• Jacob Reply

    Great article. Some good points.

    From my own experience, I’d say the most important is to retain design authority; we should be the design experts, and if we aren’t, we shouldn’t be in the industry. Of course, we need to take input from clients, but at the end of the day, we also need to ensure we don’t compromise our own standards.

    The hardest part is getting both sides to understand the design, why it is the way it is, and for either to be able to get the others perspective on any potential changes to a design.

    This is where I find tools like http://intuitionhq.com really useful (full disclosure, this product was made by our studio). By performing usability testing, and getting the clients involved in the testing process, they can understand the designs more, without over involving them in the fine details.

    By performing the tests, the designer can see if the site design is working as intended, and if not, make any changes required to make the design work better.

    I think this is a win-win for both sides, and definitely has worked really well for us with our clients.

    Steven, I’d suggest you try doing some testing and see what the results show up – if there is one thing big businesses understand, it’s numbers, and if the results stack up they way you expect they will, I suspect you will be able to exert more control over the design.

    That’s my two cents anyway.

    • Alan Colville Reply

      That’s an excellent point Jacob. Possibly one which I should have included. Involving clients, designers, developers and key stakeholders in user testing is a very powerful method of gaining understanding and buy in to the design. However, whilst remote testing is good, I find that live viewing of the testing by the client works best of all.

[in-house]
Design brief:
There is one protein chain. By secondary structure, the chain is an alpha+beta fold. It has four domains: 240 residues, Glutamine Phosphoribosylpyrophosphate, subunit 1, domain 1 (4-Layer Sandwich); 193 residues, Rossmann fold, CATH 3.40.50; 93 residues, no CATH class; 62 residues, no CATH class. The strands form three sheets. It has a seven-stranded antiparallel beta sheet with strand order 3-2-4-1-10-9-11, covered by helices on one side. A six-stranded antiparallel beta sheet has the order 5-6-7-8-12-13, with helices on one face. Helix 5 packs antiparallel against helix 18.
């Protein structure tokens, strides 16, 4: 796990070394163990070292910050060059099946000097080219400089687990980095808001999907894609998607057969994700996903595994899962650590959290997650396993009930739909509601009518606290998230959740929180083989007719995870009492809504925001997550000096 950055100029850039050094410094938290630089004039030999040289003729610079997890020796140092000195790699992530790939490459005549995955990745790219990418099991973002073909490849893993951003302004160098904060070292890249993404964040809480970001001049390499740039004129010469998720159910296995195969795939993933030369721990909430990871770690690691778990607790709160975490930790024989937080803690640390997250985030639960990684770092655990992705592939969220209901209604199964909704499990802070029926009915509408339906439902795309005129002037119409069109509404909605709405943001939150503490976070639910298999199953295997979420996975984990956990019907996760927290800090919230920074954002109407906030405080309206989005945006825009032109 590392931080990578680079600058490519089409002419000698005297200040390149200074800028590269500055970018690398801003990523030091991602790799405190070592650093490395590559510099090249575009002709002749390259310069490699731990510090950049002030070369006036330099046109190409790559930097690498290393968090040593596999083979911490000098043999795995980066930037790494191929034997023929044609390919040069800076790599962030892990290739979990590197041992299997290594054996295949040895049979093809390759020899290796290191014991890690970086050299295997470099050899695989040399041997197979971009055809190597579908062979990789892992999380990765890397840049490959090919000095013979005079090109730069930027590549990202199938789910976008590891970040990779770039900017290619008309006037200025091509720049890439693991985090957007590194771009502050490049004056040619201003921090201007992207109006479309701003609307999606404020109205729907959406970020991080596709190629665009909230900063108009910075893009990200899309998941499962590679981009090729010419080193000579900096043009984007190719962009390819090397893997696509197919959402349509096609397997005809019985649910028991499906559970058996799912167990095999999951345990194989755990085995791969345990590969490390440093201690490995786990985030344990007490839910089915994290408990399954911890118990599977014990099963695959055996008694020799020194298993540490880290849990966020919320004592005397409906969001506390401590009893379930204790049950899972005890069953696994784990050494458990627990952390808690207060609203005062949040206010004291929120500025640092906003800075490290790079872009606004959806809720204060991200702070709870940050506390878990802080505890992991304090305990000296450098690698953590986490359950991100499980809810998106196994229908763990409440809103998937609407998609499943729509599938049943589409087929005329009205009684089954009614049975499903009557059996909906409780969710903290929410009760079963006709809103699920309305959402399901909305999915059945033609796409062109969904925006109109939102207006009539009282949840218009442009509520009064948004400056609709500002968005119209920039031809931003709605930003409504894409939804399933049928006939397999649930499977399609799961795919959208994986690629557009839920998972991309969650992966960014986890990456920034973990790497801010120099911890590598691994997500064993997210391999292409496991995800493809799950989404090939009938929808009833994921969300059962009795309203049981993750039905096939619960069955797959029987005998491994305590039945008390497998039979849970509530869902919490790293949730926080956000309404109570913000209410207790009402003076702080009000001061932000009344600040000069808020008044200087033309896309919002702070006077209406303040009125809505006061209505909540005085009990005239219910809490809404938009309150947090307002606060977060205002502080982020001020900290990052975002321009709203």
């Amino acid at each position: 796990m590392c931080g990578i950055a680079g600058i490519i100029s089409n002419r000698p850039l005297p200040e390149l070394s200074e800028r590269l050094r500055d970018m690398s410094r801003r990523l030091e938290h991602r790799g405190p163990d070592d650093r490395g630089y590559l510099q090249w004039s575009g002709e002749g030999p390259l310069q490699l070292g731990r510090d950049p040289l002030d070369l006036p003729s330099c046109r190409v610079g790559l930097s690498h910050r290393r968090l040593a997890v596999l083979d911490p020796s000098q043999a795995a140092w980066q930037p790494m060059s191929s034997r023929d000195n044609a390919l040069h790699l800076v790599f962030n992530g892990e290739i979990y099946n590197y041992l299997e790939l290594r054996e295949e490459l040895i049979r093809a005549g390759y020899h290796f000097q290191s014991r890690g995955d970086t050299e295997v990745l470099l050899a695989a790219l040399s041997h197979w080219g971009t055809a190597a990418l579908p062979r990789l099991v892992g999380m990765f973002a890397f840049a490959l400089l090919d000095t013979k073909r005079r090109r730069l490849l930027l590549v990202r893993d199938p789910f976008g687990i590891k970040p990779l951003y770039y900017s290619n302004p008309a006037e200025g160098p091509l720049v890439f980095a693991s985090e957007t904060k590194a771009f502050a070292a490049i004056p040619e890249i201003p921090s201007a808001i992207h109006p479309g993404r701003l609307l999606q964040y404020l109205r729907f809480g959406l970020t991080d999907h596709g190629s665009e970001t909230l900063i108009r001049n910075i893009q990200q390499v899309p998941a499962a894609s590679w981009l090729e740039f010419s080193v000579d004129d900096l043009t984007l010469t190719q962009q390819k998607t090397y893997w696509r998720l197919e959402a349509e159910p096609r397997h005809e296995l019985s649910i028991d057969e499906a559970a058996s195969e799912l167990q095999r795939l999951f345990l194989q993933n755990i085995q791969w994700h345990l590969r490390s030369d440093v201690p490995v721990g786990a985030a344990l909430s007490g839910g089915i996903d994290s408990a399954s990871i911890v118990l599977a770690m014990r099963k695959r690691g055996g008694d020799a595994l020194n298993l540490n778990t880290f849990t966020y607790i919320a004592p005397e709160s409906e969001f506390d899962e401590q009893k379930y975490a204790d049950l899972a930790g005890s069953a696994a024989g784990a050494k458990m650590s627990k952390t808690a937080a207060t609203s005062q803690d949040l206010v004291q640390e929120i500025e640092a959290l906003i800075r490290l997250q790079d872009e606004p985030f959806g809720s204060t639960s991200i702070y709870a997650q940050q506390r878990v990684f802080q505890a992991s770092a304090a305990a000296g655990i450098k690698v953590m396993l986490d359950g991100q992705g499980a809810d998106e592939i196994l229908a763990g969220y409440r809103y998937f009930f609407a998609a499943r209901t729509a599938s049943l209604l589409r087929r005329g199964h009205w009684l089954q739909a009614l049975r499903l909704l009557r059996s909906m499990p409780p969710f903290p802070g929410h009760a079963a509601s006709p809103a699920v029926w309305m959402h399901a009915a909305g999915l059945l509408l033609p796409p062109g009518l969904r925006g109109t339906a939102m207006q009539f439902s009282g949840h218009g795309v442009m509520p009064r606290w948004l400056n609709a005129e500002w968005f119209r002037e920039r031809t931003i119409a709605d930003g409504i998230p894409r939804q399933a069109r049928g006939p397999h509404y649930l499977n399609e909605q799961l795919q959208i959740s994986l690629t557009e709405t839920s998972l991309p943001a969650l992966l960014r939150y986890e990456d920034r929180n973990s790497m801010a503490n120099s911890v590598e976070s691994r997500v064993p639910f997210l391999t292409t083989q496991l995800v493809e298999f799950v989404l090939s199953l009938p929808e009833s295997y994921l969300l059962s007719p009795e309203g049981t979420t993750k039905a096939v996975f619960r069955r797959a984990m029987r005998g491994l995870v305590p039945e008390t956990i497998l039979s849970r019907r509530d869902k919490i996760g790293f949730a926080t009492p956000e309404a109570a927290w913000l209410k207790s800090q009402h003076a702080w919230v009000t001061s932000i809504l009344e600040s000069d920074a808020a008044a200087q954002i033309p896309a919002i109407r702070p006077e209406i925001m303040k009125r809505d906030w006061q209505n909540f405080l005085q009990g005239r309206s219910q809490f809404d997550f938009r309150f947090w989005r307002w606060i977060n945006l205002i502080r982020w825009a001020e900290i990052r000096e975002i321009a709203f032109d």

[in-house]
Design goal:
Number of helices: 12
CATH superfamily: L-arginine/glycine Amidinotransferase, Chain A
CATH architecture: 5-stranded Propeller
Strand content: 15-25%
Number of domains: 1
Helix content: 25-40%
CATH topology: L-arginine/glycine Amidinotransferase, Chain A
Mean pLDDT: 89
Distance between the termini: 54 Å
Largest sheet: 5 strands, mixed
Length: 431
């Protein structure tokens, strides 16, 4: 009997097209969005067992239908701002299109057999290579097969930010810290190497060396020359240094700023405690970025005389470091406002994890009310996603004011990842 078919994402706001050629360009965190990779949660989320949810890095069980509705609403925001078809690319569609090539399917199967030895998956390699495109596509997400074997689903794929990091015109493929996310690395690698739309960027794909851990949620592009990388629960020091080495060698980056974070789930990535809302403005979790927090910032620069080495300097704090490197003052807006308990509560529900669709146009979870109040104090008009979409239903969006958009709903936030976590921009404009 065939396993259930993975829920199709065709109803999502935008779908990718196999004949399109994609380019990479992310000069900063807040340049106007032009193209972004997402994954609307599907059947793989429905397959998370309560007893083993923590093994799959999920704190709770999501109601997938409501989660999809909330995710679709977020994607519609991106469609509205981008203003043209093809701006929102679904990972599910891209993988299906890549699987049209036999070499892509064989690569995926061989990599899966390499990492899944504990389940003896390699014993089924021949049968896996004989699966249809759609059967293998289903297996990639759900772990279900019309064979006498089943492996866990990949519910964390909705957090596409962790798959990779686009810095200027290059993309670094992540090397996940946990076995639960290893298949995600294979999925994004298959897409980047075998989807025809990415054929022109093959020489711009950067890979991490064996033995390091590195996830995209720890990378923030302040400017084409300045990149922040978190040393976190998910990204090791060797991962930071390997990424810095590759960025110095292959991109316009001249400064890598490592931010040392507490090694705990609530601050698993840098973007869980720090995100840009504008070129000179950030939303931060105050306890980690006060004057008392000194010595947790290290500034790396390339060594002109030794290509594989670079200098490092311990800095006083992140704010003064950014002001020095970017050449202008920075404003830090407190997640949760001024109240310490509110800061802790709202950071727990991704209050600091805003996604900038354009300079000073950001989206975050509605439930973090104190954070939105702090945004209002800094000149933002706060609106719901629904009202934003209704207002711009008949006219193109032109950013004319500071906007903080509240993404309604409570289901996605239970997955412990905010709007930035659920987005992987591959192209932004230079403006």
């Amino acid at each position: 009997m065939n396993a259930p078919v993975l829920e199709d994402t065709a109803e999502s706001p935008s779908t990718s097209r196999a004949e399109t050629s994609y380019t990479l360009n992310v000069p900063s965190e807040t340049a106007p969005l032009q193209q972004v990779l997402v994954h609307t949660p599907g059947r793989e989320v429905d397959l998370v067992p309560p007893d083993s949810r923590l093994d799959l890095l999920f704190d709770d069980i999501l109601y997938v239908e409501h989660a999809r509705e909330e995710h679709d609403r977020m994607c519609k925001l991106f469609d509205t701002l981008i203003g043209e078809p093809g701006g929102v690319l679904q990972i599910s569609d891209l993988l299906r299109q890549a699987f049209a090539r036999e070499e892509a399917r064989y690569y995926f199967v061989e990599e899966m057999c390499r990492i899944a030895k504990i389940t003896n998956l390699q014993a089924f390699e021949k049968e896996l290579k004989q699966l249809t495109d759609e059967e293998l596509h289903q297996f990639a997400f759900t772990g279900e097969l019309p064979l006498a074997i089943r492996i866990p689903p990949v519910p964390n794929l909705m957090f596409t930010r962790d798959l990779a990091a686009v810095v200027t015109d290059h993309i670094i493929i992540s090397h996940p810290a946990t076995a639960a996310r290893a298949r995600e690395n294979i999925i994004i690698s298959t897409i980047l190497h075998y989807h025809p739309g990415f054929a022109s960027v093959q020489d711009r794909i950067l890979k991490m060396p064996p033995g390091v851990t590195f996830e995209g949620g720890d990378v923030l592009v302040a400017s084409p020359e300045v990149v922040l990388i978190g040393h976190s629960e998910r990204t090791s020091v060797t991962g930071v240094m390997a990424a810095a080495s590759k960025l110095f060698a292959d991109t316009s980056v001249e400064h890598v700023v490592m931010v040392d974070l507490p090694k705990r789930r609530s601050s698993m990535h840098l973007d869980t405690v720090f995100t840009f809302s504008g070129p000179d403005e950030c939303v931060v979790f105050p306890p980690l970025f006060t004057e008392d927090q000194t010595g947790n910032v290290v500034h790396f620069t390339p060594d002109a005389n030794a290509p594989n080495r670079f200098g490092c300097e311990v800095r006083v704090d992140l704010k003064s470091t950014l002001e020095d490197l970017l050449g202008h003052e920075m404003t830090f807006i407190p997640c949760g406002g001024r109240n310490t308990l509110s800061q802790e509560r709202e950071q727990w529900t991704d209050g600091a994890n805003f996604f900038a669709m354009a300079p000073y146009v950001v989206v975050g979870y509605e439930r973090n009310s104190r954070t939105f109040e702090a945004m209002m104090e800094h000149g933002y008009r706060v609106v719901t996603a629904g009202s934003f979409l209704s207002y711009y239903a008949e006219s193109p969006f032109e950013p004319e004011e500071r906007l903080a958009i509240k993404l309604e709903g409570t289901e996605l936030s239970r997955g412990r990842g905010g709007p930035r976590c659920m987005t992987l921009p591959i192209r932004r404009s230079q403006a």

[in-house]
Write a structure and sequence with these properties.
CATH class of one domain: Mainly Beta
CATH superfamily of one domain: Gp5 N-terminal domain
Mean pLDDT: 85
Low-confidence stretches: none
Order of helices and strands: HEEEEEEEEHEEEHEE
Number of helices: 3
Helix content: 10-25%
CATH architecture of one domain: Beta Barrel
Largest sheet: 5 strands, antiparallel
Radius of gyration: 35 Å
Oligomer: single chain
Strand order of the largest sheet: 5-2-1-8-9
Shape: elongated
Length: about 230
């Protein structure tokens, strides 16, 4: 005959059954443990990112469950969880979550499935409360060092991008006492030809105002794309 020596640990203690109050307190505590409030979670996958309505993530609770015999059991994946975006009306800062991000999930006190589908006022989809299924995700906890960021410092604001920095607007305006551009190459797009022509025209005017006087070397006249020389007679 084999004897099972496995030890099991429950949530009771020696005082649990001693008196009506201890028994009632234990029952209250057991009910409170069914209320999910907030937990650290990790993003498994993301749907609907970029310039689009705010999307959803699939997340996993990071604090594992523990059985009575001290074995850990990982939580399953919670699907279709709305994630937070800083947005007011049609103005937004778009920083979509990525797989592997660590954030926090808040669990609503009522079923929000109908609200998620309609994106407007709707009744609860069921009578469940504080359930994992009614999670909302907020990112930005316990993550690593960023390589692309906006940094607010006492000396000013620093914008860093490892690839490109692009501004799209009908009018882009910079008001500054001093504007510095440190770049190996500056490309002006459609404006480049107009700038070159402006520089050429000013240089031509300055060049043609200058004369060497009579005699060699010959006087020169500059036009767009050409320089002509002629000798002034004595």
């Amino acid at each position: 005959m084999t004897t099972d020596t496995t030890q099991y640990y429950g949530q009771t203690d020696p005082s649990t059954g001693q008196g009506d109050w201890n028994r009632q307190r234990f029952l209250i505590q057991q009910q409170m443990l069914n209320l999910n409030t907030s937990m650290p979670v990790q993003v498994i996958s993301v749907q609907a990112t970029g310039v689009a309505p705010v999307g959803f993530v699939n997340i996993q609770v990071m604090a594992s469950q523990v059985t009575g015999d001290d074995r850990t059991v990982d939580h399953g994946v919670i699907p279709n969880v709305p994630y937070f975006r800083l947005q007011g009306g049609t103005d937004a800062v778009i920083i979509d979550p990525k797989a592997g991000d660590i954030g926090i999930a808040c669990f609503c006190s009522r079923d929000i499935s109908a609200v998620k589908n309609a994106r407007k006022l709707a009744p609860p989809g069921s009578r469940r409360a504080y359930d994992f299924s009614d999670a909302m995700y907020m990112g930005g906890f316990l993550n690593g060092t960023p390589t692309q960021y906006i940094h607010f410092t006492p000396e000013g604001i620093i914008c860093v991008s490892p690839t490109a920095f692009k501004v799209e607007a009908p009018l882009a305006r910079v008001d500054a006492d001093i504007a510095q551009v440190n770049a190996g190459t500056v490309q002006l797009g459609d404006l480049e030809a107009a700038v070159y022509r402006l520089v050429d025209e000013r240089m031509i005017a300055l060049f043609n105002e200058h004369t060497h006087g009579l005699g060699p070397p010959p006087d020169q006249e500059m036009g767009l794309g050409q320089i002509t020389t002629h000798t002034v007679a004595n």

• Jacob Reply

      Thanks for the reply Alan. In a perfect we’d certainly do more live testing, but unfortunately, for a lot of different reasons – cost and time being the two most pertinent – so we generally go for a combination of the two.

      The other beauty of tools like IntuitionHQ is that you can gather feedback instantly when you really need it, and make appropriate changes to the design. I guess everything has a place though.

      By the way, I just realised you are one of the people behind the Analog site – really love it, it’s so innovative. Pity your nearest person is 6500 miles away.


  • Rosco P Coltrane Reply

    Great article. I work for a very large multinational and I’m managing the pitch process for a web redesign project right now. In my spare time I run a small (tiny) web mktg consultancy, so I also have a view from both sides of the fence.

    My experience leads me to the conclusion that in large companies, the actual decision maker (who probably does pay the bill at the end of the day) probably has 101 other things to worry about, and is almost guaranteed not to be qualified to make design decisions. 2 things emerge from this:

    1) Stakeholders need to have a lot of confidence in what you’re proposing, which will probably involve considerable change. They need to trust YOU to recommend the right change, so those very important stakeholder interviews actuaLly have another role, which is possibly even more important than you learning how to navigate through the business, and that is that this probably your only opportunity to gain these people’s confidence, so don’t neglect credentials, and take the opportunity to build relationships.

    2) Your day-to-day contact may need to do a lot of selling of your ideas, even if they’re not particularly radical, simply because they are changes. That is much easier when you think of it as a joint responsibility and the designer helps to build the business case.

    • Alan Colville Reply

      I’m sold. I like the way you have highlighted another benefit of this technique. Stakeholder interviews are crucial but often over looked when designing for large companies. I think one reason for this, to your point, is that key stakeholders in large companies have very busy diaries. Getting their time is not easy. This is why these interviews need to be included as part of the process rather than a nice to have.

  • Dr. Peter Meyers Reply

    Great info, Alan, and interesting to see the similarities and differences in our two posts this week. I think stakeholder buy-in is a huge aspect of selling to large companies. When I deal with an SMB, I’m typically dealing with upper management and even CEOs/owners. Buy-in trickles down (whether people like it or not ;) ). In a large corporation, you’re convincing people from the mid-level up AND across and have to get support from multiple teams (IT, marketing, etc.) if you want to succeed.

  • Jim Cassidy Reply

    Hi – Excellent article. However, I have one question: could you define “design authority”? How does that work in practice?